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Republican 'Club' on War Path Against Moderates
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Sep 4, 11:40 am ET

By John Whitesides

WASHINGTON (Reuters) - In less than three years, the conservative Club for Growth has angered many Republicans by launching a series of primary battles against party candidates who are slow to embrace its agenda of lower taxes and limited government.

The latest skirmish is set for next week on Maryland's Eastern Shore, where the club has turned its heavy spending and take-no-prisoners attack on six-term Republican Rep. Wayne Gilchrest, prompting a moderate group of Republican officials to rush to his defense.

The Maryland clash of opposing wings of the Republican Party delights Club for Growth President Stephen Moore, head of a 6,000-member group that is frequently at odds with Republican strategists who favor pragmatism over ideology.

"If there is any single role that Club for Growth plays, it is to hold Republicans accountable for votes that betray the Republican agenda," said Moore, who hopes to discover and nurture the next generation of Ronald Reagans. "We think we play an important role in disciplining the party."

Frequently that means challenging a Republican incumbent or candidate who is backed by the party's establishment but does not support the club's vision of tax and budget cuts, Social Security privatization and free trade.

The club targets primary races, where the dollars go farther and the group's conservative ideology is more in tune with hard-core Republican voters, Moore said.

"We have a lot of members who are more driven by ideology than party," Moore said during an interview in his office, rented from a Washington law firm. "We think we are starting to change the culture of the party."

The club spent more than $2 million in 2000 in 17 races, winning 10 of them. This year it has backed about a dozen candidates in primaries and will support a total of about 20.

The group ran off a string of seven wins this year after two early losses, including the defeat in Texas of retiring House Republican Leader Dick Armey's son Scott in his attempt to get elected from his father's district.

Moore said the group took on Gilchrest because he ranks low among Republicans on tax and budget issues, earning a D on one National Taxpayers Union report card. It backs Baltimore County lawyer David Fischer, who is spending more than $300,000 of his own money on the race.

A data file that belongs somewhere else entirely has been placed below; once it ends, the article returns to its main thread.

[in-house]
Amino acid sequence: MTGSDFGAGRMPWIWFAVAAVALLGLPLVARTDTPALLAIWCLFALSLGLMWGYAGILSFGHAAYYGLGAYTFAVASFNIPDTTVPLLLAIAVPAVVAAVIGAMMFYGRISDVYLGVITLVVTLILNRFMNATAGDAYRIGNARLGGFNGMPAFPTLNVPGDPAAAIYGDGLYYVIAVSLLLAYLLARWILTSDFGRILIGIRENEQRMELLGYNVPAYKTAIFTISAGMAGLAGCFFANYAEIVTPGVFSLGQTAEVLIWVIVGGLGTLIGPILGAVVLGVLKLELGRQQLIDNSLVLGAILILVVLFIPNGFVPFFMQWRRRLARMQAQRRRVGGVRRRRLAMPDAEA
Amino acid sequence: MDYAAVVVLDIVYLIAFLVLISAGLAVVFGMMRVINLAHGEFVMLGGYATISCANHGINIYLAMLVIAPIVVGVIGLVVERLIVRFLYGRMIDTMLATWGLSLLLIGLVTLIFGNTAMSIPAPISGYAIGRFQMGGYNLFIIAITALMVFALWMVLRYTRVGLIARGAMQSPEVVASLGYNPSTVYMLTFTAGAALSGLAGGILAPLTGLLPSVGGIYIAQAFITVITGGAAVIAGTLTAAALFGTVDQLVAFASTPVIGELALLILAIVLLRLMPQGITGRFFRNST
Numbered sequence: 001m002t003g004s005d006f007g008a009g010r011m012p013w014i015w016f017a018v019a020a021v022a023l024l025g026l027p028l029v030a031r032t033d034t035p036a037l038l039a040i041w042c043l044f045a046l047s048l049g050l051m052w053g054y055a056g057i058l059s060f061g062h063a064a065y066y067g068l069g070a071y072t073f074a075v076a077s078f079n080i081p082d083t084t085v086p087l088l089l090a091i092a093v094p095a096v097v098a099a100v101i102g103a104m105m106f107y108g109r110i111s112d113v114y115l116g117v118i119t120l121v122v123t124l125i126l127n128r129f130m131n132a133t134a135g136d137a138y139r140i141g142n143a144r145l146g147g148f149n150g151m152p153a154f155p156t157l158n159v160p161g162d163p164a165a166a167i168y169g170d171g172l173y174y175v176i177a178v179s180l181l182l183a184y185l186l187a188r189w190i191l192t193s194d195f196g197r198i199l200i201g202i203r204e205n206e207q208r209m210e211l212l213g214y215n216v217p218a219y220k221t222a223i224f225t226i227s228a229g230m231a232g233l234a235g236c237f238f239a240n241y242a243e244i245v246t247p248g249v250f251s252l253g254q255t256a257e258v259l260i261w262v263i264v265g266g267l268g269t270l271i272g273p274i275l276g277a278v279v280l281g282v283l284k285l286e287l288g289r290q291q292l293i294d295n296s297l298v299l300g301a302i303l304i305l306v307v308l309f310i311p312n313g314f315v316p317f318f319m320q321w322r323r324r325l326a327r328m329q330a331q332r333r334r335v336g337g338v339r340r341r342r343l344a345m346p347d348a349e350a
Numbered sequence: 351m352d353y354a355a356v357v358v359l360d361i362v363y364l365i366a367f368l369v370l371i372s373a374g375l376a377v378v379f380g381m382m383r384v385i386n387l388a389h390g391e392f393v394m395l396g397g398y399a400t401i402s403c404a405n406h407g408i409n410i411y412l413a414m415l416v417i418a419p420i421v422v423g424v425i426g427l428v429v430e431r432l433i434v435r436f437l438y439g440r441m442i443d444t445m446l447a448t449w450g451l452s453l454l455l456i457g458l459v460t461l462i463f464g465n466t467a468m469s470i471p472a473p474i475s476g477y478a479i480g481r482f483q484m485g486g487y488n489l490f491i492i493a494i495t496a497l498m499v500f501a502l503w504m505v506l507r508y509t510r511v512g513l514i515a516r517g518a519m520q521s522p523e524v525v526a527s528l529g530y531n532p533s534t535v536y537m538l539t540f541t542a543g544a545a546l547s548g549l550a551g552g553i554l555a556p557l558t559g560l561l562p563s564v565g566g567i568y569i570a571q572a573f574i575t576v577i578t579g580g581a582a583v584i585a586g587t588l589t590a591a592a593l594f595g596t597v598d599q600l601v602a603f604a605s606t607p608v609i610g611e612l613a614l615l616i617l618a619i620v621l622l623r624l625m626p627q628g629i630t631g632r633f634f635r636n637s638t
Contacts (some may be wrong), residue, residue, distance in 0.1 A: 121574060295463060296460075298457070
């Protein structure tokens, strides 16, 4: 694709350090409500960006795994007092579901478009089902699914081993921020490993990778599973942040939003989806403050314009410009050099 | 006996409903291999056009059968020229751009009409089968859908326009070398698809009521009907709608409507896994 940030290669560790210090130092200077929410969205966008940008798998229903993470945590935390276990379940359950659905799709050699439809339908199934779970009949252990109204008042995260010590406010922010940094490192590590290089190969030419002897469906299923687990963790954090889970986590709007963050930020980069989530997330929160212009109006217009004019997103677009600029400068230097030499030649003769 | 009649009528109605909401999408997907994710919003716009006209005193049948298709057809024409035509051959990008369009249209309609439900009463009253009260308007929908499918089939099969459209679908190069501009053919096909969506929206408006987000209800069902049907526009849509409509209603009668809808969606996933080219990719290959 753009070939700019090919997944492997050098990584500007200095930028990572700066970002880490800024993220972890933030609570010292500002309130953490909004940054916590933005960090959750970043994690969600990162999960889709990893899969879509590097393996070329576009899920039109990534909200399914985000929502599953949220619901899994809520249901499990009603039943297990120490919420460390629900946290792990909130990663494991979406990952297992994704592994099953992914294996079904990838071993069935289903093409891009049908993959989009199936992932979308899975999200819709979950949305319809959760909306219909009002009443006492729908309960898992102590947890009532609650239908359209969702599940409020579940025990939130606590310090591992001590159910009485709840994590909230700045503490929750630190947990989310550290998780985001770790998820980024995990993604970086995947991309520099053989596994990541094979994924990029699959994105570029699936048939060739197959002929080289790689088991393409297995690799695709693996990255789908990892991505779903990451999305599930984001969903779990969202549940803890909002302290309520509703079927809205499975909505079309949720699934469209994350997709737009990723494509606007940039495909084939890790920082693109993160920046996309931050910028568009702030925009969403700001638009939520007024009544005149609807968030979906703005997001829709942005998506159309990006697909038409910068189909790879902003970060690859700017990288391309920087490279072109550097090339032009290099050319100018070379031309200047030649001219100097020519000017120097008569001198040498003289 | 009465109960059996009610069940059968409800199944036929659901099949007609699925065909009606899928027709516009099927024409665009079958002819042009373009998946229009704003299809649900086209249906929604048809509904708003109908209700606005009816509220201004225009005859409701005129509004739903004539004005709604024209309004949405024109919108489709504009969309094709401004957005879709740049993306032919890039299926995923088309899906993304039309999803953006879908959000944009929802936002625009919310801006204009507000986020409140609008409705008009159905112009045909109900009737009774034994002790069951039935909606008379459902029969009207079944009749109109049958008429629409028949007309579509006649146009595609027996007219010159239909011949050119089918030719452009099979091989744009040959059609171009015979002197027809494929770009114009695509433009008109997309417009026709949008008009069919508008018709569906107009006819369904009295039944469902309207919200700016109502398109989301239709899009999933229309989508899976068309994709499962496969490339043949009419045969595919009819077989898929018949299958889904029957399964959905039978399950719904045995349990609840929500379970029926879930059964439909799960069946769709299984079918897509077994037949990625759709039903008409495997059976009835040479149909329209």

One fund-raising letter to club members on Fischer's behalf brought in more than $150,000, Moore said, and the club will spend another $150,000 on issue advertisements before next Tuesday's primary.

In response, a moderate Republican group, the Republican Main Street Partnership, has jumped into the race to defend Gilchrest, spending at least $100,000 on a week of television ads and a get-out-the-vote drive on election day.

The group's executive director, Sarah Chamberlain Resnick, said the effort is an answer to Club for Growth's attacks on Republican moderates like Gilchrest and New Jersey Rep. Marge Roukema, who barely survived a primary challenge by a club candidate in 2000 and avoided another this year by retiring.

"It's unfortunate that they keep going after moderate Republicans," Resnick said. "We thought it was time to stop them."

With a membership list dominated by Wall Street financiers and executives, Club for Growth expects to become even more influential under new campaign finance regulations that limit soft-money donations to parties.

It models itself after Emily's List, the liberal group that raises money mostly for Democratic candidates favoring abortion rights, by "bundling" donations to its hand-picked candidates. It asks members to write checks to the candidate but send them to club headquarters in Washington, which then passes them on.

That allows the club to be responsible for far more in donations than it otherwise would be allowed, boosting its clout and, Moore hopes, spreading its influence.

"We're trying to let candidates know that if they ever voted for a tax increase, we'll never support them and in fact we'll work to defeat them," he said. "We're trying to get the word out to even the lowest grass-roots level that if you're a Republican you aren't allowed to vote for taxes."

The club is already building a team of House members, headed by one of its favorites, freshman Arizona Rep. Jeff Flake. Moore said members are licking their chops at the possibility he would make a Senate run and challenge maverick Arizona Sen. John McCain in a 2004 primary.

"Our members loathe John McCain," Moore said.

Other club favorites include Florida Rep. Ric Keller and two-term Pennsylvania Rep. Pat Toomey, mentioned as a possible primary challenger to Republican Sen. Arlen Specter in 2004.

Articles From Reuters